When people say “best kept secret” they usually mean “tourist hotspot,” but the computer museum (called The Jim Austin Computer Collection, or the Computer Sheds) in Fimber, about 40 minutes out of York, is York’s best kept secret, and it’s anything but busy. In fact, we should keep it between you and I. I would be pretty sad if it suddenly became a major tourist attraction because as it is, it’s pretty much the best collection of artefacts that I’ve ever seen (and all the guys who keep it running were only too happy to talk computers with our group of 5 people who ventured out of York). I’d wanted to see this collection since 2008, when I first heard about it, but this was my first opportunity to do so, and I’m glad I did (and that I went with a bunch of people who knew more stuff about old computers than I do – and I’m pretty enthusiastic about them).
One of the best things about this place is that it hasn’t had “museum heritage management” done to it yet; it’s still got that sense of discovery, you’re not just seeing what some overpaid museum education officer wants you to see, you get to see everything. And touch some of it (if you’re careful and sensible). There’s other electronic equipment besides computers – televisions, cameras and radio equipment are also represented in the collection.
There’s no cafe, there’s no gift shop, no ticket office, and no twee middle aged women reiterating the same 5 facts every 20 minutes to new tour groups; there’s just boatloads of computers, and the people who love them (and they do actually have a boat). It’s fitting, because that’s really how the whole computer movement has progressed. There are so many stories of “Windows started out as two enthusiastic guys in a garage,” “Apple started out as three enthusiastic guys in a garage,” and so on, that if this place got the proper museum treatment, I’d be sad.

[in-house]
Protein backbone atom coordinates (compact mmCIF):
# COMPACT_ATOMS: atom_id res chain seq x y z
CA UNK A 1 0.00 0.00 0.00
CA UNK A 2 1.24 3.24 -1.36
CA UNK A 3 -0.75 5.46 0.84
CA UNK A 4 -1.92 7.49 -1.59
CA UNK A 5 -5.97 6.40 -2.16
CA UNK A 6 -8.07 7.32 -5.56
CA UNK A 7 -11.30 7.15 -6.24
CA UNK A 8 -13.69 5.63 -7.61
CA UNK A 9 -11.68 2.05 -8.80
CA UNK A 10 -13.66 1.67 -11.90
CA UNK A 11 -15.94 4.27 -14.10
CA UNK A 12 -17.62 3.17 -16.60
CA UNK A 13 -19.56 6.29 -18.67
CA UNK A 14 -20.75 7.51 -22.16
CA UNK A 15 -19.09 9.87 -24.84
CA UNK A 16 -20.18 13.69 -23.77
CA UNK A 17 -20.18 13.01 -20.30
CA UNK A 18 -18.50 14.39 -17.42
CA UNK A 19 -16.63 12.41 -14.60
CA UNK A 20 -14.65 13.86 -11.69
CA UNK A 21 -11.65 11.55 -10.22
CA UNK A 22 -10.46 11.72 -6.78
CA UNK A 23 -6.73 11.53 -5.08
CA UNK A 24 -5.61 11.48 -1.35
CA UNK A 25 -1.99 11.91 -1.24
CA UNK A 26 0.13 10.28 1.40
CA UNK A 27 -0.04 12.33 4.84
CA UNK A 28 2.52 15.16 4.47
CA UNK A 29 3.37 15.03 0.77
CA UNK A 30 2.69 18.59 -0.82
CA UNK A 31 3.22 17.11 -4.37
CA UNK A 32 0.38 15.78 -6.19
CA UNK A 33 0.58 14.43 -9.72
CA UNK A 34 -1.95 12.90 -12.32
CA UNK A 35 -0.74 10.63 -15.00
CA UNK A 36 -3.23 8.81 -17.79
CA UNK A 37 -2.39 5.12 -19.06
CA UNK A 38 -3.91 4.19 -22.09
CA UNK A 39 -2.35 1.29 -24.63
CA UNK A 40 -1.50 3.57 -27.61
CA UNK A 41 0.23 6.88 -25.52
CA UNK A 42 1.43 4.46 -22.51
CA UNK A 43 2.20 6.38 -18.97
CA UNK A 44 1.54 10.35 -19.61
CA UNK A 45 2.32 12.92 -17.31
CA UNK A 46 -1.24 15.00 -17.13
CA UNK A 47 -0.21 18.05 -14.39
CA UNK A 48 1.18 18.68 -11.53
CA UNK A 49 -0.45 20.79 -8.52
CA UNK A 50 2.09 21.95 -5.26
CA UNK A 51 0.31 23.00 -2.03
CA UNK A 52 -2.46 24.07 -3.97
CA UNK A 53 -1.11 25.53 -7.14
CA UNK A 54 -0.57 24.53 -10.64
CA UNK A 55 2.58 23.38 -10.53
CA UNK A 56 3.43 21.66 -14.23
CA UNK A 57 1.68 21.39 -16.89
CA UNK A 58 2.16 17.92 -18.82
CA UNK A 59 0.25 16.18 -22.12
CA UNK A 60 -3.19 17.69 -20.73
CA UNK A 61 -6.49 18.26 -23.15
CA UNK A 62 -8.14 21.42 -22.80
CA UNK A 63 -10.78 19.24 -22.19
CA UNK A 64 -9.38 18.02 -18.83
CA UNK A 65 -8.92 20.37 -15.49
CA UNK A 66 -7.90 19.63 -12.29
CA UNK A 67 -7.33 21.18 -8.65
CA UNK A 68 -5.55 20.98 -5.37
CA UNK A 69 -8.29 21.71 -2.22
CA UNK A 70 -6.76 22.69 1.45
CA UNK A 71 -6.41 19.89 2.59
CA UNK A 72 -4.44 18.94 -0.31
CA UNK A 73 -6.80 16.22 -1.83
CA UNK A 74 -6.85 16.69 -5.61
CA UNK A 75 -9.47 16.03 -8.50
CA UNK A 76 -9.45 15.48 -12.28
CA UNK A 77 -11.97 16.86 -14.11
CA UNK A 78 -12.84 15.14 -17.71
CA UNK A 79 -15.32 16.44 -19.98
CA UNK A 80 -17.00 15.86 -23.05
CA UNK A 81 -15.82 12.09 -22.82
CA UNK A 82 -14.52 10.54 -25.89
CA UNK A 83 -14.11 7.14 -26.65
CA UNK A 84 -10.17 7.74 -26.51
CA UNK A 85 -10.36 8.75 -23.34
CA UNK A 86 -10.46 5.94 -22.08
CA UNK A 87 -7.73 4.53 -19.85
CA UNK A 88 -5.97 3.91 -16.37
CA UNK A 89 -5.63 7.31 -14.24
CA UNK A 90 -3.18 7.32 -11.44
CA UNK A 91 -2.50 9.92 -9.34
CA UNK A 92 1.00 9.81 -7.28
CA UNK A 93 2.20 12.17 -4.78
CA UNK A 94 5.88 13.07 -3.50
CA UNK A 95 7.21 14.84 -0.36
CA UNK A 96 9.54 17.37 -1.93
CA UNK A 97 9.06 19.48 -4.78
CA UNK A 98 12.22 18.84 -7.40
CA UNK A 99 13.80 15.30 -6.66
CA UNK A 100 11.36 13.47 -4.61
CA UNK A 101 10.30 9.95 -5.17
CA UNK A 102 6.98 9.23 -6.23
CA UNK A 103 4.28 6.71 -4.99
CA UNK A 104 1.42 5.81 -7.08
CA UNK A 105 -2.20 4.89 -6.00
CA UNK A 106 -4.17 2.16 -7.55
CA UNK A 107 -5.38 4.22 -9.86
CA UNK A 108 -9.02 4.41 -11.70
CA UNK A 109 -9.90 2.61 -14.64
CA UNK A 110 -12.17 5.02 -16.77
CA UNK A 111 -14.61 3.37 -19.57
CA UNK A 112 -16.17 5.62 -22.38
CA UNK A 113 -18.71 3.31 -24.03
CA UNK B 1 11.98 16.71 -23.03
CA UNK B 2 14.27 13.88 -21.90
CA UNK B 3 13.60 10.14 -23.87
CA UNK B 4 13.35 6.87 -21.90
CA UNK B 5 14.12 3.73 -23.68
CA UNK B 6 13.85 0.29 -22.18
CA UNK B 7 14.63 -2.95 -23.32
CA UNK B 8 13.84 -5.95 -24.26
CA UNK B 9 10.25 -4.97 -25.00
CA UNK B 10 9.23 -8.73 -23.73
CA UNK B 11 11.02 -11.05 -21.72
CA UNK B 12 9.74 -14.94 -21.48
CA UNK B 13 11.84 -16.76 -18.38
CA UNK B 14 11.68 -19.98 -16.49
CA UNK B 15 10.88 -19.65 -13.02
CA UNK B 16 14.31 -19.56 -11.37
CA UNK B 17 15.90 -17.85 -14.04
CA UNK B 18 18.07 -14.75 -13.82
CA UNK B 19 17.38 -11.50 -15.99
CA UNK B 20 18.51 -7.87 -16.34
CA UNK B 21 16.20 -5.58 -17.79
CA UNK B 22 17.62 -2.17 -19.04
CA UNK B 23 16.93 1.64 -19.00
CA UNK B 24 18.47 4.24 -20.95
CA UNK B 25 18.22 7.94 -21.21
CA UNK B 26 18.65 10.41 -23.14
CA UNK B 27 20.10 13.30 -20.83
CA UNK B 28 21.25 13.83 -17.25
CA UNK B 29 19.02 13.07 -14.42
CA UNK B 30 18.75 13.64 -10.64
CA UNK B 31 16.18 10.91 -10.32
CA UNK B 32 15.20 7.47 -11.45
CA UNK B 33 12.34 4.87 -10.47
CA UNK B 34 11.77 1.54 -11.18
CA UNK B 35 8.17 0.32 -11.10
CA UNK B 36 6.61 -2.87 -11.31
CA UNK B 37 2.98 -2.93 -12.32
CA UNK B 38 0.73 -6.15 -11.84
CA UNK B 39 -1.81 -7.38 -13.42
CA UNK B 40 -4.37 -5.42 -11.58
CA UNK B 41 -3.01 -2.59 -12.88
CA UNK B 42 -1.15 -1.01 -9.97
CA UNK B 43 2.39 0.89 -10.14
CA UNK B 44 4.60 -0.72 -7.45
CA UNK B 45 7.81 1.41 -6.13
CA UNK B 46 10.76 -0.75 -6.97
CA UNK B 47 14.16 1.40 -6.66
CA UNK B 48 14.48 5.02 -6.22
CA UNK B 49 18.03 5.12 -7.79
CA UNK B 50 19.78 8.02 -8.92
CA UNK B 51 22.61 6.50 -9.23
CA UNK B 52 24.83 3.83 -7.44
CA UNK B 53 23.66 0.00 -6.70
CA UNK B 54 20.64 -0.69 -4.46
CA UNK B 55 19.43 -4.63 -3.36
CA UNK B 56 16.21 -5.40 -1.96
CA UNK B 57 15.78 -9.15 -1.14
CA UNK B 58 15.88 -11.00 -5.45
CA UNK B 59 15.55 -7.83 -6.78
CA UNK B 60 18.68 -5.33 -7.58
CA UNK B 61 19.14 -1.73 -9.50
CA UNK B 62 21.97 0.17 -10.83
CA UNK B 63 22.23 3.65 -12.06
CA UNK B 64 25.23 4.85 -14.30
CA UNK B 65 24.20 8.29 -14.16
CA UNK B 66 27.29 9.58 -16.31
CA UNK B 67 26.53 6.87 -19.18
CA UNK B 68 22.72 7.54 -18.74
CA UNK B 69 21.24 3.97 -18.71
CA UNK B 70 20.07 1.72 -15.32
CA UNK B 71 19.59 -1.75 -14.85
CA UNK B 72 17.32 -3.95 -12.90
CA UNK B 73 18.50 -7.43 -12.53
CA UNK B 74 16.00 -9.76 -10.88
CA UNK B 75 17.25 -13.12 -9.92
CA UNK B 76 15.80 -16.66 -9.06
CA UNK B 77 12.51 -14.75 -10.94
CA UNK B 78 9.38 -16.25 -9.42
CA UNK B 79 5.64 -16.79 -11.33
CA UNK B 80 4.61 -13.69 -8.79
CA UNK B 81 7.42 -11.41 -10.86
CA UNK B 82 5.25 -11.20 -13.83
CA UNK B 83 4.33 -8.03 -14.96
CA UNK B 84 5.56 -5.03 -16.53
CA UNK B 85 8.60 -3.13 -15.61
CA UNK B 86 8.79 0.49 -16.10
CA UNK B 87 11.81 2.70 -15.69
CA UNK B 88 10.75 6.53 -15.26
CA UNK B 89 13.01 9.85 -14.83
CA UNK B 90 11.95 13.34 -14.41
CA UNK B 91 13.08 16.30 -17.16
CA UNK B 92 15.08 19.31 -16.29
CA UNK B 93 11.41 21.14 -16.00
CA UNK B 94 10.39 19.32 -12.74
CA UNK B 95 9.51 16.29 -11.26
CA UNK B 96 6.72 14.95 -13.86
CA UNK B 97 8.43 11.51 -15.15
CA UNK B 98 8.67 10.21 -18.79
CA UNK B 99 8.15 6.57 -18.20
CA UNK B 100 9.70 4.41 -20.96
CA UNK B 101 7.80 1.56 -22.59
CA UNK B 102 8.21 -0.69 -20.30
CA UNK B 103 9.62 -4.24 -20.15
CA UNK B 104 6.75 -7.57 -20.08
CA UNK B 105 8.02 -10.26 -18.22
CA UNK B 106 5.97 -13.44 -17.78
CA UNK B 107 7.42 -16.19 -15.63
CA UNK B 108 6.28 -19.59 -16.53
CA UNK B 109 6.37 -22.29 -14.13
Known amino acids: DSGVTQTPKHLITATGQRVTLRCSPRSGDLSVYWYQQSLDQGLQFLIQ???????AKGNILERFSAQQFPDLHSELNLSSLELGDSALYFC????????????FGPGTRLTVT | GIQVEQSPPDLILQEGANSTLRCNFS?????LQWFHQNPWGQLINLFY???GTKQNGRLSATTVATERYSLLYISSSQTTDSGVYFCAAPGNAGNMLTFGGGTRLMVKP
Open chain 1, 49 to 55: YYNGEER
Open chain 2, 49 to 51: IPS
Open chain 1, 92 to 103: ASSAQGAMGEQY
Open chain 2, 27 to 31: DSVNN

The Jim Austin Computer Collection reminds me of why I fell in love with archaeology – and exactly why I have no intention of working in a museum. This stuff is real, it feels real, it’s being taken care of by people who know about it, and I recognized loads of the stuff that was there. More than that, it felt alive. There’s no arbitrary reductionism going on to cheapen the past to make it more palatable for people with short attention spans. I wish I could say the same for most museums.
But if this place did become a ticketed, gift-shopped museum, I think it’s the one museum I’d actually enjoy working at.
I have more photos, but since the majority of my readers are not computer enthusiasts, I shall save them for another time.
If you are in the area and would like to visit the Jim Austin Computer Collection, further details can be found at their website. Personally I found this to be a great day out, although I wouldn’t recommend it for (chronological) children unless they’re sensible and very well behaved. Entry is free but it would probably be polite to get in touch in advance so someone’s there to open up the place for you.
We saw the first road sign for Flamingoland and I got so excited I nearly steered the car off the road. The second sign and I really had to concentrate on driving because I was jumping up and down in my seat and would have been clapping my hands in excitement if I wasn’t holding the steering wheel.